They were delicious.

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My only gripe is that they make an 8″ x 8″ pan, so their total lifespan around here was less than 24 hours.

We’re already planning to make them again this weekend. Yum!

 

 

 

Gluten Free Biscotti Bites

Yesterday I posted about our recent cocktail party, where one of the desserts served was a bite-sized biscotti.

Calling these cookies a biscotti is a bit of a stretch, since they don’t have the double-baked technique that makes a biscotti a biscotti.

But the flavor and texture is close enough.

I originally got the recipe from Real Simple magazine, but when I tried to find it online, it was a ghost.

I had to modify the recipe to make it gluten-free, too.

Here’s what I did.

Ingredients: (Yield: about 30 cookies, depending on how much dough you eat)

  • 1 c buckwheat flour (despite the name, it’s gluten free)
  • 1/4 c almond flour
  • 1/2 t baking powder
  • 1/2 t coarse salt, plus more for garnish
  • 3/4 stick butter
  • 1 c granulated sugar
  • 2 eggs
  • 1 1/2 c shredded coconut
  • 2 T grapefruit zest (personally, I think orange would have been as good or better)
  • 8 oz bittersweet chocolate, divided
  • 2 T heavy cream
  • Sanding sugar
  • Flaky sea salt

Directions:

  • Preheat oven to 350 F
  • Mix together buckwheat flour, almond flour, baking powder and salt
  • Beat butter, sugar and eggs until fluffy
  • Add flour mixture and combine
  • Stir in coconut, citrus zest and 4 oz of chopped chocolate (as chunky as you like it)
  • Generously sample dough
  • Refrigerate 30 mins
  • Continue to generously sample dough during chilling time
  • Roll into rough teaspoon-sized balls
  • Dip into sanding sugar (Turbinado sugar also works well. Steal some packets from your local coffee shop)
  • Bake 15-20 mins, until golden on the edges
  • Let cool completely
  • Melt remaining chocolate with cream to make a ganache
  • Dip cookies halfway into ganache and sprinkle with sanding sugar and flaky sea salt

Ok, these turned out great. Surprise! I pulled it off!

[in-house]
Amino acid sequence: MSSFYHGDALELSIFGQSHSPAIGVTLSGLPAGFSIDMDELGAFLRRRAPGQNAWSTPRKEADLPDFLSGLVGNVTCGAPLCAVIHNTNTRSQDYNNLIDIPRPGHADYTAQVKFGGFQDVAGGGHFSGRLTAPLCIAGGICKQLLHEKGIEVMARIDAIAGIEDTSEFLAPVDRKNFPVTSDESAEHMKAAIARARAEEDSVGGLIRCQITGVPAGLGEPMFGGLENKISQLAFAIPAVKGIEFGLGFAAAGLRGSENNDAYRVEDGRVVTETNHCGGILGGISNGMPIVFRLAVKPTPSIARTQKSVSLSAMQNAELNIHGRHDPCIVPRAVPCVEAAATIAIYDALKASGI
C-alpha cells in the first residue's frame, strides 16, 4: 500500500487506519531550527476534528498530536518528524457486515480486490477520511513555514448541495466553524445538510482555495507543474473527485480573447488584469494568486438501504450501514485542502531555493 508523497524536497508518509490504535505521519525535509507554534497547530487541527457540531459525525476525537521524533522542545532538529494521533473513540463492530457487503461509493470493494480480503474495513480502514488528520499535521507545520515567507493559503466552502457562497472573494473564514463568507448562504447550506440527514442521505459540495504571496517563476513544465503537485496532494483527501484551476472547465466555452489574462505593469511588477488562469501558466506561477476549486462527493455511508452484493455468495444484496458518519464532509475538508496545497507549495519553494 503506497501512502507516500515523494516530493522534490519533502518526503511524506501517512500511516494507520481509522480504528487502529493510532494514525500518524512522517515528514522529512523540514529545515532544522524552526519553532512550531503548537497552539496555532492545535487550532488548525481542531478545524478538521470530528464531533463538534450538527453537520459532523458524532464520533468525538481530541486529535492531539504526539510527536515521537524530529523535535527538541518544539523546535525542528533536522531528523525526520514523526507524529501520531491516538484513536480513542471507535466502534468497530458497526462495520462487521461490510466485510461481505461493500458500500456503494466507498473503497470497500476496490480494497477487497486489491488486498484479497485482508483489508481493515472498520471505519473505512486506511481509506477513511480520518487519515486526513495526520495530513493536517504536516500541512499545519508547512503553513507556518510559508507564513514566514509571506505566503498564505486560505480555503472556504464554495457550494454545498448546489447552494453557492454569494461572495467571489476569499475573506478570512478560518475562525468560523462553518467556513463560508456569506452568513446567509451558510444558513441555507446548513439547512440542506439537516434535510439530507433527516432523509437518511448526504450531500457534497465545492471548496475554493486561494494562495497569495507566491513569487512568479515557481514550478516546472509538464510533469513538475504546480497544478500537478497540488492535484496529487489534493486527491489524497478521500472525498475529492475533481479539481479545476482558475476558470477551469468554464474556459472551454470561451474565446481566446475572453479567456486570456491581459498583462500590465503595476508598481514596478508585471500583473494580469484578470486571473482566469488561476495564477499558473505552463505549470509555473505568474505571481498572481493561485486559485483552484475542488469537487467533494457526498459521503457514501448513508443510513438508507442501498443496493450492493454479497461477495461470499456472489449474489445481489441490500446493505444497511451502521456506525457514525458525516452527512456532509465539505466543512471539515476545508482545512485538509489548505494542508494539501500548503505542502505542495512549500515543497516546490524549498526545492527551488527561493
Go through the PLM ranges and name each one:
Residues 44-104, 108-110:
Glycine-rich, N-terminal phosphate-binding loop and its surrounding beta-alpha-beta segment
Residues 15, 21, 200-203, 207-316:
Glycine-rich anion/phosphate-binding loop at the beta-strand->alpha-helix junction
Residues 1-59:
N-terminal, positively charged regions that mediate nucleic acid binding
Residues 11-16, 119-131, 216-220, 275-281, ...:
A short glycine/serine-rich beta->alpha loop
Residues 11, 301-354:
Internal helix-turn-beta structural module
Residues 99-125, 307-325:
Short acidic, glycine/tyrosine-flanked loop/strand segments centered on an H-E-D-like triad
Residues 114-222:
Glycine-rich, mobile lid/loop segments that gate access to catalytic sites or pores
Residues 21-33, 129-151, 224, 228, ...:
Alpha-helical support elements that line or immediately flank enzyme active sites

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With all of the other desserts at the party, there were a lot of cookies left over. I rectified that problem ASAP.

 

 

Restaurant Beatrix

If you’re ever in Chicago, give serious consideration to stopping by Beatrix, a River North (really, downtown to me) restaurant that’s so many things: coffee bar, real bar, bakery and breakfast/lunch/dinner place.

A lot of the food has a modern, healthy spin and all the trends are here, including a delicious crispy kale salad.

But here’s the yummiest thing of all:

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This gluten-free, triple chocolate chunk cookie is seriously to die for.

I split one with two friends when I was in Chicago last month, and when I had a quick return trip to give a talk last week, I had to swing by for another. Except this time, that cookie was all mine.

I’d love to find the recipe. (Correction: I’d love to live next door to Beatrix and go there every day for one of these babies. My legendary hatred of all domestic chores persists).

My good friend Google found this version that looks like the same thing, except there is no way in the universe I would bake something that requires all of the following:

  • Potato Starch – 0.55 Cups
  • Sugar Castor – 0.37 Cups
  • Cocoa Powder – 1.75 Tablespoons
  • Dark Treacle – 2 Tablespoons
  • Glucose – 2 Tablespoons
  • Glycerine – 1.75 Tablespoons
  • Egg – 1.37 oz.
  • Ammonium Bicarbonate – 0.66 Teaspoon
  • Sodium Bicarbonate – 0.42 Teaspoon
  • Salt – 0.42 Teaspoon
  • Maize starch cornflour – 0.39 Cup
  • Rice flour – 0.30 Cup
  • Soy Flour – 0.22 cup

I don’t even know what dark treacle is.

This version from gluten-free guru Bob’s Red Mill seems much easier by comparison, but it still involves baking and this is me we’re talking about here.

I’ll probably be content to dream about that cookie (and book a return ticket to Chicago for next month).

 

 

 

Peanut Butter Cookies

I think peanut butter is something you either love or detest.

Register me under “Love.”

This recipe from Real Simple magazine is gluten-free and quite tasty.

It only requires 6 ingredients!

Even I can handle this.

What you need:

  • 2 cups creamy peanut butter
  • 1 cup light brown sugar
  • 1 cup white sugar
  • 2 eggs
  • 2 t baking soda
  • 1 t salt

What to do:

  • Preheat oven to 350 F.
  • Mix everything.
  • Drop spoonfuls on cookie sheet and bake 10-12 minutes.

My friend described these as “just like my grandma used to make.”